There’s no question that Bridge on the River Kwai was an amazing movie (1958). Seven Academy Awards (best picture, director, male actor, original music, screenplay adaptation, cinematography, film editing), 3 Golden Globes (best picture, director, actor), 4 BAFTA (British Academy of Film and Television Awards) also for best actor, film, British film, and screenplay, plus the David di Donatelli Award (Rome) for best foreign film, and various awards from other organizations including best supporting actor and best cinematography. I’m not sure where that stands against other films before and since, but it’s certainly an impressive list of awards. Sir Alec Guinness gives a masterly performance as the single-minded, principled British colonel and Sessue Hayakawa‘s supporting role as the Japanese Colonel Saito was also inspired as the two butted heads over the Geneva convention. (Someone could make an interesting comparison between BRK and Unbroken (2014) which also takes place in Japanese POW camps and centers around a power struggle.)
I bought BRK many years ago (it’s in video format) and hadn’t seen it in a long time but chose it to watch while riding my indoor bike; I ended up biking much longer than usual because I didn’t want to stop watching the movie. The scene where Col. Nicholson (Guinness) is brought out of the “oven” to take part in a conciliatory dinner with Col. Saito is very intense and the failure to end the standoff only protracts the suspense while Nicholson is returned to the oven.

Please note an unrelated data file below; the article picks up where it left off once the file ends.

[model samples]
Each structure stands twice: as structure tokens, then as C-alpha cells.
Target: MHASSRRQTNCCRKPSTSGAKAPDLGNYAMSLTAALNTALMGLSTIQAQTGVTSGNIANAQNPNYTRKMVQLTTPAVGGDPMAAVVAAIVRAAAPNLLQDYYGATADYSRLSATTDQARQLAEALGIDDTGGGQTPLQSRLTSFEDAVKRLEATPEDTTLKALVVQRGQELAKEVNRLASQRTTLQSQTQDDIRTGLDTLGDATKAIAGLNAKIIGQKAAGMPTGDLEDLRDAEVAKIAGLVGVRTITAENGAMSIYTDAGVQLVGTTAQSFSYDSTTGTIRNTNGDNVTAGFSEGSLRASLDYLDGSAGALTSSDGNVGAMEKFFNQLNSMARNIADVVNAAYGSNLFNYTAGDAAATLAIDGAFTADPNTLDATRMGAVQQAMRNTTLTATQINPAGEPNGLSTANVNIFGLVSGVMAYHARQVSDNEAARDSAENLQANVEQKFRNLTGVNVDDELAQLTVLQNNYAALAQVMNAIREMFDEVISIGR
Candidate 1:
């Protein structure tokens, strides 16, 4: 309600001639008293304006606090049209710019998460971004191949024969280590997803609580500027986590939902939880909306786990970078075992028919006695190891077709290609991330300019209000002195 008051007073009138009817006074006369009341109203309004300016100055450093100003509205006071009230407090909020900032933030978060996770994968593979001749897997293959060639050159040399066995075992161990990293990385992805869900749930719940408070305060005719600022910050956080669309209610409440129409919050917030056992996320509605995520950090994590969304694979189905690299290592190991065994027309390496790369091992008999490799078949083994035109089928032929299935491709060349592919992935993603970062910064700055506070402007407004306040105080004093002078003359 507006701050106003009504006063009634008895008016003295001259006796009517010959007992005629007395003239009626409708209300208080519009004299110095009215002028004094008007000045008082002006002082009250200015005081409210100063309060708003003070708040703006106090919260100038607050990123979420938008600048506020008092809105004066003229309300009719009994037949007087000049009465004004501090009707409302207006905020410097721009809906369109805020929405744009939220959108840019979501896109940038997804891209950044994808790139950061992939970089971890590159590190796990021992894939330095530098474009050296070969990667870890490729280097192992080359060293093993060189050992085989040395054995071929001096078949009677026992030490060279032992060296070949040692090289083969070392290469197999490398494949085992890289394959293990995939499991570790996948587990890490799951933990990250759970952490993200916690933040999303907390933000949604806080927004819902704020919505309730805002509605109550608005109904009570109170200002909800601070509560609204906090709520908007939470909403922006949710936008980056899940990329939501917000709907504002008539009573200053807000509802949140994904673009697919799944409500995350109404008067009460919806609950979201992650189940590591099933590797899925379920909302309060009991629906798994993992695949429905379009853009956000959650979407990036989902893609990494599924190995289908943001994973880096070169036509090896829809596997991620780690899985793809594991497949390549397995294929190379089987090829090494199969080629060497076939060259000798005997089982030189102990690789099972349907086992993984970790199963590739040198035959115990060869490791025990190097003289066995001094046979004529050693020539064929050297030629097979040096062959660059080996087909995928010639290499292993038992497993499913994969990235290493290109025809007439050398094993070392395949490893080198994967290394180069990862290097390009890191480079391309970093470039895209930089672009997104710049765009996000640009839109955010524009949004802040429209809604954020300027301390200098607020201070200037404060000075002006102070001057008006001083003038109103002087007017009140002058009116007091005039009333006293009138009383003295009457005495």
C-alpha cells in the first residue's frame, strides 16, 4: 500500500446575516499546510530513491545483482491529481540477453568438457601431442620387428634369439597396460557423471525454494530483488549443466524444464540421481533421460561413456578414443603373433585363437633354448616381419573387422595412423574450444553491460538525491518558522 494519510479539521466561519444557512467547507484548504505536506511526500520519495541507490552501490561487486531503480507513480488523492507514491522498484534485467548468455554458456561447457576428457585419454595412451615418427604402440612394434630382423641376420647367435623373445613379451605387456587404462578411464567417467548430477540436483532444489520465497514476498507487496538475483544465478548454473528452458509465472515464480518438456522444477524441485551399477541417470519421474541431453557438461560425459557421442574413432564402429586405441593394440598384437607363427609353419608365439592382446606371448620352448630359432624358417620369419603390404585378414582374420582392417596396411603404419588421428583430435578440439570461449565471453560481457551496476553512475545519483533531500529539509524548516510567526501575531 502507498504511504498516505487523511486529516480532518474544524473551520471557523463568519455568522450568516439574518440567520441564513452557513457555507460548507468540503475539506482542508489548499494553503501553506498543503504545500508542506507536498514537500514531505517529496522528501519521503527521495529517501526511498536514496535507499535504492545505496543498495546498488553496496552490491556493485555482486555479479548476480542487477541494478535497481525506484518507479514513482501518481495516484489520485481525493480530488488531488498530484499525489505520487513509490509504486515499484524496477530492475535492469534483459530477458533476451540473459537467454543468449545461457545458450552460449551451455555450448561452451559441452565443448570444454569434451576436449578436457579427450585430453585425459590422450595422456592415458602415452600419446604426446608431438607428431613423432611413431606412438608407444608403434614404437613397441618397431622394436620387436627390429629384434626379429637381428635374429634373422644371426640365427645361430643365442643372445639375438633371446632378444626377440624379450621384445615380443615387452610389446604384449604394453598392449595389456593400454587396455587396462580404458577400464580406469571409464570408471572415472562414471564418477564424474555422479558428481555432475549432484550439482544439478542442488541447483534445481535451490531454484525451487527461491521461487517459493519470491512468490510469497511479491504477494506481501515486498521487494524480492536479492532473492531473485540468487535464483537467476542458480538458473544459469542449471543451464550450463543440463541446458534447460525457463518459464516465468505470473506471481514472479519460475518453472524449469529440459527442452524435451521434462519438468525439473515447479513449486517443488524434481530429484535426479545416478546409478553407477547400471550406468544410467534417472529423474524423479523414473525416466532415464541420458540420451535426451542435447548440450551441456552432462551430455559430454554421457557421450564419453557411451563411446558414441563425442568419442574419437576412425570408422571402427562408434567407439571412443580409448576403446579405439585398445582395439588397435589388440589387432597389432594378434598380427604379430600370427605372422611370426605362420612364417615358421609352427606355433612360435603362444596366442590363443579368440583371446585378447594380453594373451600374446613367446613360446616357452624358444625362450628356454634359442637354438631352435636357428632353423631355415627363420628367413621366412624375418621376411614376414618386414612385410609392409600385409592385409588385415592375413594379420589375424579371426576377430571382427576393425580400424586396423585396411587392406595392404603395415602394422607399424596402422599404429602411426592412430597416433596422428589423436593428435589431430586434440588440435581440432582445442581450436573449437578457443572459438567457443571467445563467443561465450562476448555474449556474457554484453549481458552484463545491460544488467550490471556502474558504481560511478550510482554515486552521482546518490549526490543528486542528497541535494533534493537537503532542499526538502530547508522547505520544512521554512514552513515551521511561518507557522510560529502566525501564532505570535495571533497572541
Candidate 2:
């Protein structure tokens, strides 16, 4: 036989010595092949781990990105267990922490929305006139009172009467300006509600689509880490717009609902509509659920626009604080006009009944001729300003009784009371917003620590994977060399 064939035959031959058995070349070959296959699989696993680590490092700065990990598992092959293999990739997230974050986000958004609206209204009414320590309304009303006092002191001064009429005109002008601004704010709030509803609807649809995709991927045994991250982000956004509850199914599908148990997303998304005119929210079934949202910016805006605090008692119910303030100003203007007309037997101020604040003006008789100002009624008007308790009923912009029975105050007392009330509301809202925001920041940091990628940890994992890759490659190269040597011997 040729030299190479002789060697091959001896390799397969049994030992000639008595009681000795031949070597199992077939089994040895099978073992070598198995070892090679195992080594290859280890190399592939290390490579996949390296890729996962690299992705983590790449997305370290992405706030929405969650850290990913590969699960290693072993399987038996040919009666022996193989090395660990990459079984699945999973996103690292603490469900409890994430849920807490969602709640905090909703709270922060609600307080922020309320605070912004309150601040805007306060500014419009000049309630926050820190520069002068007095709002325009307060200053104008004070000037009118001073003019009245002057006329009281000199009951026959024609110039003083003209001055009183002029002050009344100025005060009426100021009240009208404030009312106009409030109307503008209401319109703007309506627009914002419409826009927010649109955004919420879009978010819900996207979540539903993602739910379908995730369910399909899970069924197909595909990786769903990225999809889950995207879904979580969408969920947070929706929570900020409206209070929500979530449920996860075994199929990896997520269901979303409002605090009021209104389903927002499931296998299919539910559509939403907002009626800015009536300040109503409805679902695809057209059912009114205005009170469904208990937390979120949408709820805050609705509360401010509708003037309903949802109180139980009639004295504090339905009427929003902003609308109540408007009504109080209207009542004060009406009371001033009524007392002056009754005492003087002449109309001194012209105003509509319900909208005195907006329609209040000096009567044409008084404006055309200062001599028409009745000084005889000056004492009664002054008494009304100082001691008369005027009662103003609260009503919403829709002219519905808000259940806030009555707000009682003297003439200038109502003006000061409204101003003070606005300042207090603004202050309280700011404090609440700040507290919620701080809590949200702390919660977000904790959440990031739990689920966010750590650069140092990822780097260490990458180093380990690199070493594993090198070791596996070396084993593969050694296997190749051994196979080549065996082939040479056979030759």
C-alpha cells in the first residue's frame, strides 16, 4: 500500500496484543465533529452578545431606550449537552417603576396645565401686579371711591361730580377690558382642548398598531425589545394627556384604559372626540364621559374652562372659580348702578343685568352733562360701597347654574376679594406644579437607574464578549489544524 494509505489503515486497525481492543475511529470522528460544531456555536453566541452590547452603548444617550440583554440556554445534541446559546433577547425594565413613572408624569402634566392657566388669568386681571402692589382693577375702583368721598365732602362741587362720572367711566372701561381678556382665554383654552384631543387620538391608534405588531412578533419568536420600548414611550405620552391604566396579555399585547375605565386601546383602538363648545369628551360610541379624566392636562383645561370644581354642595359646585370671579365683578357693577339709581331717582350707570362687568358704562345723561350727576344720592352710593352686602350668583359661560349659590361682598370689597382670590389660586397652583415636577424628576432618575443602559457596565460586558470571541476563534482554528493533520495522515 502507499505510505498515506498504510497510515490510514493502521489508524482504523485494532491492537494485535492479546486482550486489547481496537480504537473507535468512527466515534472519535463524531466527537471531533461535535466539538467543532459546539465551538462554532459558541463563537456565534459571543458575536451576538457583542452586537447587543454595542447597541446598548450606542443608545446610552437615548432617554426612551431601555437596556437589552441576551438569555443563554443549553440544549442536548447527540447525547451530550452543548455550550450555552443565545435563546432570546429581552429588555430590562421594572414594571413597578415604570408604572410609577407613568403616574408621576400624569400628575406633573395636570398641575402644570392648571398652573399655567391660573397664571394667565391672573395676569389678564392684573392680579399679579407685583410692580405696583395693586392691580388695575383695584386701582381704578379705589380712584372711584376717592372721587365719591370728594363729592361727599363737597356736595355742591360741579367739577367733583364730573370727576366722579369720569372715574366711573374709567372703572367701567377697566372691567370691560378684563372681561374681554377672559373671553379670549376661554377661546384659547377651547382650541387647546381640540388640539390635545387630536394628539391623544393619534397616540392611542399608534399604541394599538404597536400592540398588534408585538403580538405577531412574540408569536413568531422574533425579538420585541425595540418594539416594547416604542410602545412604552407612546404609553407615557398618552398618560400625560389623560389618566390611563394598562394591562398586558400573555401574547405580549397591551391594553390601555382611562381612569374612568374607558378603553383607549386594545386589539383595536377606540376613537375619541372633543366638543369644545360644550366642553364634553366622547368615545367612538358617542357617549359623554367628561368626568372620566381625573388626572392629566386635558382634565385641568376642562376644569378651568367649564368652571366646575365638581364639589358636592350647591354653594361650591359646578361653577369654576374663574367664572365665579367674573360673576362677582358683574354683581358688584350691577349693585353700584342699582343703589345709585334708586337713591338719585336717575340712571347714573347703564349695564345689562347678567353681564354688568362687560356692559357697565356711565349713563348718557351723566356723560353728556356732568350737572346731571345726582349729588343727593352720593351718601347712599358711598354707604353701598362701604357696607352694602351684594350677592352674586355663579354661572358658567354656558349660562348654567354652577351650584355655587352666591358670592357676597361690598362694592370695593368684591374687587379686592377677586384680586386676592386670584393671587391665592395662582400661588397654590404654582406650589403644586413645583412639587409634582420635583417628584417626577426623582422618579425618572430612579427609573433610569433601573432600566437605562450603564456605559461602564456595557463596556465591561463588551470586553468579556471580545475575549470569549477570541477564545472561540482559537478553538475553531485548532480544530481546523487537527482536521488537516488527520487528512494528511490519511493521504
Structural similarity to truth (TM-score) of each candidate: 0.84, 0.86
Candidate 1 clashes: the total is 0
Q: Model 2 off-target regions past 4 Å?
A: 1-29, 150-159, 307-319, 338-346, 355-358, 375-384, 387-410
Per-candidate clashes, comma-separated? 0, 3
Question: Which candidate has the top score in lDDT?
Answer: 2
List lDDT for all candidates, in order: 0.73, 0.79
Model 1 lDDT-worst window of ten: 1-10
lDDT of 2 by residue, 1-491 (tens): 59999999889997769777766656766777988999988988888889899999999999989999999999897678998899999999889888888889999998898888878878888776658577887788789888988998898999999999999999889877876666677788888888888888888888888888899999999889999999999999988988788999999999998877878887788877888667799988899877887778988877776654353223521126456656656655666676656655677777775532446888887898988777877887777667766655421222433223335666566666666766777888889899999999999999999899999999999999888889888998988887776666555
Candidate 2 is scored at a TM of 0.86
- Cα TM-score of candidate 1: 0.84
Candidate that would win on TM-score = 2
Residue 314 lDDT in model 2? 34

Wm. Holden‘s role as the American naval officer who escapes only to eventually return, inserts some levelling cynicism/realism to the story and David Lean’s direction is truly inspired from the opening with the sweeping flight of a single hawk in a clear sky to the end where despite all the violence and carnage, that single hawk is still flying in the sky, seemingly questioning what, if anything, has been achieved.
The screenplay is based on Pierre Boulle‘s novel of the same name (1954) about the real Lt.-Colonel Philip Toosey who was actually in charge of the Allied prisoners during the building of the bridge. It loosely resembles the true story (learn more here — but don’t read the whole detailed summary given of the plot, watch the movie). A more recent book (1991) written by Peter Davies entitled Man Behind the Bridge: Colonel Toosey and the River Kwai sounds like a rather interesting read and is available from Amazon and other fine book sellers.